Long before blogs, long before TV, you’d be lucky if you had a chance to catch a newsreel playing in a theatre. Every now and then, you’d get something exotic, like a Traveltalk reel from MGM.
Presented by James A. Fitzpatrick, shown here, many of these reels were shot and shown in Technicolor, which had only been invented in 1916. The journalist and filmmaker went on to produce 274 films in his time. Of those, he appeared in and/or narrated 224 of them. He also estimated once his travels covered more than 500,000 miles in producing his Traveltalk series.
Interesting tidbit: He’s thought to be the first-ever producer to narrate his films from off-screen. His series is considered invaluable for capturing a dying age of America, and the world — the age before the highrise building dominated landscapes all over the globe.
It’s no wonder he went on to receive a star on Hollywood’s Walk of Fame. Today, Traveltalk reels can be found on Youtube, as well as occasionally airing on Turner Classic Movies channel between films.
Here’s a videoclip from the tireless Fitzpatrick’s series on world travels. This is “Victoria and Vancouver: The Gateway to the Pacific.” It’s a significant time for travelogues, remember, because only in the 1930s did commercial flying, steamship travel, and faster trains become more universally within reach. The Great Depression of the ’30s and Roosevelt’s New Deal were gettting America back to work through building infrastructure that would change life as we know it between then and the post-World-War II landscape.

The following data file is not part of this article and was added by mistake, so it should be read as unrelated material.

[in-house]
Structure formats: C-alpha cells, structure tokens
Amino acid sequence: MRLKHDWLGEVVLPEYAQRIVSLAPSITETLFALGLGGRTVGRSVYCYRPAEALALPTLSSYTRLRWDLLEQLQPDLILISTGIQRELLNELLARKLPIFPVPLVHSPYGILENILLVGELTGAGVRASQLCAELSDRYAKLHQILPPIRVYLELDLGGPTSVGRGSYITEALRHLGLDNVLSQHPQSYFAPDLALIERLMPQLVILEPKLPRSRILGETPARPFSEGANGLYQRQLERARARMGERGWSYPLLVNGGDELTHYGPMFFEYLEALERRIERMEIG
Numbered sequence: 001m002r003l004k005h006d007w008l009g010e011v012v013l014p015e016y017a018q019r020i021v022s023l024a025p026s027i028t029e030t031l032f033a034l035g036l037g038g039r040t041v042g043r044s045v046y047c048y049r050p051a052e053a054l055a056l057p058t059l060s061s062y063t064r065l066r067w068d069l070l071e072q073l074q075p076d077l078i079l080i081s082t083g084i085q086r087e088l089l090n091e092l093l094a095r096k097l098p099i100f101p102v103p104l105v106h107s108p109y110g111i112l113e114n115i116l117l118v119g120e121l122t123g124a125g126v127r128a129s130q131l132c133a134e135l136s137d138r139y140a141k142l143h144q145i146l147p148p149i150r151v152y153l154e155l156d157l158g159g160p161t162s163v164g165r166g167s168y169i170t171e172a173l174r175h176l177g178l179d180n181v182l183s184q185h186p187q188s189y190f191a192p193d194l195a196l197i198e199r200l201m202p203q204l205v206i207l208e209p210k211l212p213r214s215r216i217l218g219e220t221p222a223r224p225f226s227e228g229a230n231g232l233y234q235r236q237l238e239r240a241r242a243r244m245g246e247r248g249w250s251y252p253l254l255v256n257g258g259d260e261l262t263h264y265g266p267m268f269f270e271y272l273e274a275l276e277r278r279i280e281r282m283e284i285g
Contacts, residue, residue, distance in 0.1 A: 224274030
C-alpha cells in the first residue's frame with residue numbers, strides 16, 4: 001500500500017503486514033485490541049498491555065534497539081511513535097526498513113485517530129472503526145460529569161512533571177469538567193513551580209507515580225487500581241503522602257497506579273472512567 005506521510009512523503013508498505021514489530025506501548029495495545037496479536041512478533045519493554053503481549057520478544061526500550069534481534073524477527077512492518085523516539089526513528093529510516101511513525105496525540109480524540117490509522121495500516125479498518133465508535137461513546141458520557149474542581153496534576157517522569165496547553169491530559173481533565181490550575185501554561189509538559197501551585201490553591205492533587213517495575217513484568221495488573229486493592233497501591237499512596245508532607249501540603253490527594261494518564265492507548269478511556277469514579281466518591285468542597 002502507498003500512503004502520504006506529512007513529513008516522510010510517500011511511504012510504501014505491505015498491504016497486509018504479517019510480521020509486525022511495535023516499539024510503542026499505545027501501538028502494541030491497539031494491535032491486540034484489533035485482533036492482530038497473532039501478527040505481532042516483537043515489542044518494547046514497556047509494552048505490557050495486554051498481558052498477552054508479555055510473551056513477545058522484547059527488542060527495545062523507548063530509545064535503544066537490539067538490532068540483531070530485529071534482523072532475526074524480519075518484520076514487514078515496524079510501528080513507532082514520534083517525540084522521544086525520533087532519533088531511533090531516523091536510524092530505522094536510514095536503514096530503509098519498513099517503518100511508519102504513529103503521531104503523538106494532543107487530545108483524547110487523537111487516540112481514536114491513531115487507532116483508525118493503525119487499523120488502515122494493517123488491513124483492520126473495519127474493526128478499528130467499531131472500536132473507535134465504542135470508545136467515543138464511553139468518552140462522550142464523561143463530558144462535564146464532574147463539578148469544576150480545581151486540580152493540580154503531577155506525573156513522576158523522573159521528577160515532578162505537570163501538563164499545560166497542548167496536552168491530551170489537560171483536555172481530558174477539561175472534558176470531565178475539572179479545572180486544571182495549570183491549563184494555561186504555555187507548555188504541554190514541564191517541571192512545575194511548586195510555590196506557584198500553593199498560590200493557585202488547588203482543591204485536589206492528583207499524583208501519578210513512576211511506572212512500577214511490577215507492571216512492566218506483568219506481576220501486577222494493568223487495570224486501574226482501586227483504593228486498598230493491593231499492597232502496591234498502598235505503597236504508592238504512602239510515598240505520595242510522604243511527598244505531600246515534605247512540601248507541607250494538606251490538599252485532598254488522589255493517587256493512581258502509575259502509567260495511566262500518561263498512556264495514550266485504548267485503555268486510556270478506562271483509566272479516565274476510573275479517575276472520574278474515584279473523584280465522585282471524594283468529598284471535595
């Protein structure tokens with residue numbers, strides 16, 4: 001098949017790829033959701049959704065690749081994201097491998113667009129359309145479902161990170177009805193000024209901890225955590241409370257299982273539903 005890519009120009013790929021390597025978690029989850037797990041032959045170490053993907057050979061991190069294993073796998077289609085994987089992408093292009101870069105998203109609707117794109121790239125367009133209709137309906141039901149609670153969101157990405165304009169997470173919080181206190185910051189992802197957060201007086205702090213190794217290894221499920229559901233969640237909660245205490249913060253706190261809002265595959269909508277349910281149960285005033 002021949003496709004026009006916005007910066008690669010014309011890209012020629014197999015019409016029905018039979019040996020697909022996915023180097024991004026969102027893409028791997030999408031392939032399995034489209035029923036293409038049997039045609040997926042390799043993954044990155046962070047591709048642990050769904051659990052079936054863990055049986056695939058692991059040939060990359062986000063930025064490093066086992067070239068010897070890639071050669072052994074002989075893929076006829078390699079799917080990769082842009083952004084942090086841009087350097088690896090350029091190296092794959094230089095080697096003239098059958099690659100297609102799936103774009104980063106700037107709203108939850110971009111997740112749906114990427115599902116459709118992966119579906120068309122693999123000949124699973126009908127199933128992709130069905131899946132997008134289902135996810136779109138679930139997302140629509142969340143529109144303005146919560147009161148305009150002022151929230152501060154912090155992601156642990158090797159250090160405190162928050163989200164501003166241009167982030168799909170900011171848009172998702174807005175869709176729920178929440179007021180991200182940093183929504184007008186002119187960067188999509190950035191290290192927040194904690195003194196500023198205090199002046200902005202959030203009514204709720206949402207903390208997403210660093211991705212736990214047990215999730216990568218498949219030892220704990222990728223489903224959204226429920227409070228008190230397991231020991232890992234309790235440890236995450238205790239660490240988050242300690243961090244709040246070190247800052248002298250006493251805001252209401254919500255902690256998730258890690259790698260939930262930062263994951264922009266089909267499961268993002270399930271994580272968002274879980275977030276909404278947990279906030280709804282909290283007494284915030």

Victoria’s Inner Harbour has really changed in the 76 years since this 1936 travelogue was filmed. Victoria’s travel spiel hasn’t changed much in that time, though. They still pitch us as Canada’s most British city, and it’s still things like our Mounties and Butchart Gardens that seems to merit mentioning.
Only now are we starting to show Victoria in a richer, less colonial light, and judging from how dated this clip seems, it’s probably not a moment too soon.